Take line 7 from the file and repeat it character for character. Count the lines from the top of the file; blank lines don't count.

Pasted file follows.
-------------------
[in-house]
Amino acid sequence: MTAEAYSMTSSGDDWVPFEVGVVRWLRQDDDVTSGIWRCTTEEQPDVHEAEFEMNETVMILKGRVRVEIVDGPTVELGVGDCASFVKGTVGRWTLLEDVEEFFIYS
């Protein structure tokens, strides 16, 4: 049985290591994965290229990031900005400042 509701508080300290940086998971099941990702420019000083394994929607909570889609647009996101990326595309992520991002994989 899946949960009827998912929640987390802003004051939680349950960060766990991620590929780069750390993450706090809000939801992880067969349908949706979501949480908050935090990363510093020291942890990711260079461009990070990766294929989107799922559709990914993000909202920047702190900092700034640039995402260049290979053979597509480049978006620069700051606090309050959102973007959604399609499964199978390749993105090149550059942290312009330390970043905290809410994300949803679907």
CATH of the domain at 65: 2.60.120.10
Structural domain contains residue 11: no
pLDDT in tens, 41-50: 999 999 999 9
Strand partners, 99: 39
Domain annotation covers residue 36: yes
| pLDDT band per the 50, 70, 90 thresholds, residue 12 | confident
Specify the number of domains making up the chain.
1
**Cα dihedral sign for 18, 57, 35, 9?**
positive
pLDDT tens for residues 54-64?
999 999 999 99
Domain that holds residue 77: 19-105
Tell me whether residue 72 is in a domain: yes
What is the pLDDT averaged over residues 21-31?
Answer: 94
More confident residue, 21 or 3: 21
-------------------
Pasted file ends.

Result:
Strand partners, 99: 39